Some of the  things that get by our attention (ignor-ance) are issues like globocop belligerence; decay of civl liberties; phone tapping, (diminished liberty);  holy war on the poor and middle class (99%ers), where lop-sided tax structure favors elitism; insider information available legally only to politicians;  privatizing schools and many other things  to make  more room for  for future development and farther out-of-reach of the general public (less access for fishing and hunting; less habitat for the benefit of fish and wildlife)…in short.

Yes, when a fish sleeps with its eyes open, it might still get snagged by the lure it doesn’t see.  People are the same way. If we enjoy nature, fish, or hunt, and don’t pay attention to all those shinny lures flashing along side of us, sooner or later one will snag us and be to our sorry detriment.

Perhaps the reason people have eyelids is so they really can sleep and get some rest from all our earthly woes. Then when we do open our eyes, we should pay attention more to our peripheral vision than just focusing straight ahead.  For it is in our peripheral vision where our blind spot lives, which can hide the on-coming trains that we don’t see coming down the track.  There are many trains. Pay attention. Be conscious? Don’t sleep with your eyes wide open. Everything is here.  Are you?

Thanksgiving Turkey Chukar Dilemma?


Sugar:  Did you say turkey? Opps, my bad

Happy Hunting Thanksgiving Style


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Funny how the mind works, and what things trigger it into the direction it takes.  But no matter where you go, it always goes with you. Ok, sometimes when high on a cliff side hunting chukar it might seem like you have lost your mind. Especially when you choose to take the more dangerous route rock climbing with all fours to save time, as opposed to the safer, but longer back-tracking route, does craziness begin to register.

But the other day when I was out in the middle of nowhere hunting chukars, I saw a huge spire that had always been visible from the river, but I had never seen before. At least, not until I saw it from a different angle and high advantage  on an opposing hill where it became much more noticeable.  It added to the feeling that I had entered some mysterious fantasy world, where it might even be possible there could exist some sort of  chukar hobbits.. I was inspired. OK, oxygen depleted.

In addition, it added to the wonderful feeling of being far away from civilization where one can still appreciate the value og undiluted purity of air, where it actually pleases the lungs to fill at full capacity. What a great place to escape the woes of our more populous industrial pollutions of the  world.  Or so it seems.

This isolated feeling triggered my mind to go back to a long ago memory of a similar time in another remote region of neighboring canyon country. I was guiding for Grand Canyon Dories, and it was my turn to kick back, while other guides took guests on a hike in Hells Canyon. I chose to enjoy my brief reprieve sitting in my dory boat floating around in a large eddy above Granite Rapids.  It was so cool. Every view was awesome, and bobbing around in the dory made me feel like a much closer part of the river.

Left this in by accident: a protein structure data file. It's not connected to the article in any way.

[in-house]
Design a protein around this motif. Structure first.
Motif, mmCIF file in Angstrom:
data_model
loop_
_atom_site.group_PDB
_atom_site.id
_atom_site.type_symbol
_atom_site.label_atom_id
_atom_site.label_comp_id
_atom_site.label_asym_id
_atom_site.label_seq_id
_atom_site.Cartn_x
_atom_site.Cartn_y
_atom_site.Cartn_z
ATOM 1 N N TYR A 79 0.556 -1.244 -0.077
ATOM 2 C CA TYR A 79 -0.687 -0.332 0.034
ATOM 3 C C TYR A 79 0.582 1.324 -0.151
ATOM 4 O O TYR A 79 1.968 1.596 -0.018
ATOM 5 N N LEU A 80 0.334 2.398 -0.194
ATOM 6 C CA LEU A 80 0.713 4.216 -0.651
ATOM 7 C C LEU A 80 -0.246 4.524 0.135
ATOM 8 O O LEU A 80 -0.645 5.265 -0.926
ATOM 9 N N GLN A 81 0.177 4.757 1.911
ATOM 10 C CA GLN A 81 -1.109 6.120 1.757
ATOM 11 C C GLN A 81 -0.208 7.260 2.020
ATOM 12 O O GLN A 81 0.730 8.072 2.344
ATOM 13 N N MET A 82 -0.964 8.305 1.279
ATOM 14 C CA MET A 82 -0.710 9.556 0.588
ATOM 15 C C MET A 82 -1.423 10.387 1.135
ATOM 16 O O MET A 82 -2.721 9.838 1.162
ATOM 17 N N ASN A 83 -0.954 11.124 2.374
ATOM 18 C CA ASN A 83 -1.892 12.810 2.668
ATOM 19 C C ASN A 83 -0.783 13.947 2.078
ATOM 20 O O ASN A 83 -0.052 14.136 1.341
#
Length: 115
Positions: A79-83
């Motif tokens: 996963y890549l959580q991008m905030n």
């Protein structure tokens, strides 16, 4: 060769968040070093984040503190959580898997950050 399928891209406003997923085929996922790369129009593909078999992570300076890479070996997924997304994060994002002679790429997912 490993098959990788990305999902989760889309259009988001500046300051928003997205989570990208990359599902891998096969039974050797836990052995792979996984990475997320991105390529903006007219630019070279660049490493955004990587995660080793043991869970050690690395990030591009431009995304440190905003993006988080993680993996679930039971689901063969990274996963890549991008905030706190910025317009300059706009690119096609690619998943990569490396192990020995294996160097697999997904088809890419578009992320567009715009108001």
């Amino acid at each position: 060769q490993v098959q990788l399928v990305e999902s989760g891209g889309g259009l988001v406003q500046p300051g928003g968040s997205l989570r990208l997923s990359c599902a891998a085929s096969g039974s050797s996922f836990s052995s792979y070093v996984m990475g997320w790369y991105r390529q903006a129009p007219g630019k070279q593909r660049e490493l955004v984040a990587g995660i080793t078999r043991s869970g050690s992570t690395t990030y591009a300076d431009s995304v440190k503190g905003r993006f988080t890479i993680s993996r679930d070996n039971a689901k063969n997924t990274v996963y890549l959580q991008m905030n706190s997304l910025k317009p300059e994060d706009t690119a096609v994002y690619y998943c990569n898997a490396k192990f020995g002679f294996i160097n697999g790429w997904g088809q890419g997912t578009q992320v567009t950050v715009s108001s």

Having always been active in fighting for various fish/wildlife/land and water issues over the years had been taking a toll on me. I always thought back about what Aldo Leopold (father of wildlife management) said about biologists (which I had trained to be): “One of the penalties of an ecological education is that one lives alone in a world of wounds. Much of the damage inflicted on land is quite invisible to laymen. An ecologist must either harden his shell and make-believe that the consequences of science are none of his business, or he must be the doctor who sees the marks of death in a community that believes itself well and does not want to be told otherwise.”

Everywhere around me I had seen that as human numbers increased, habitats for fish and wildlife were diminished. Subdivisions subdued winter ranges, industrial smoke stacks dim visibility, hamper breathing,  and on and on.  I was tired of being like an ecological doctor and so had checked out mentally of paying attention to the politics of the day. I did not watch tv or  read newspapers for over two months time,  and tried to avoid encountering anything negative caused by humans by escaping to the natural world. So, sitting in that eddy, alone, in my dory, I had found paradisiacal freedom.

But, then I had a semi-epiphany. What if I continued on to  live in my dream world, not paying attention to what the outside world was doing? What could be the harm in that? Well, people could be making decisions that could lead to damming the river I was on, then my paradise would come crumbling down.  Could I make a difference? How could only one person make a difference?  Then I thought about the impacts of Rachael Carson and her book Silent Spring.  She alone helped birds of prey by fighting the pesticide industry through her words and action. Every persons vote counts, because ultimately, it only takes one vote to break equilibrium.

So, it was time for me to start paying attention again, to the politics of people and our effects on the natural world.  Thus is the medicinal value that wild places bring to peace of mind. We need these places to at least temporarily escape the harshness of the everyday routine of scurrying around trying to make a living.  And to think, all this cerebral rambling inspired by one spooky spire on the slopes of the Salmon River.  From chukar hunting to river running, my convoluted thoughts continue to swim in the eddies of my mind. No matter where I go, the center of my circle is everywhere. Once I get my medicine I can go anywhere to be everywhere, and somewhere to be nowhere.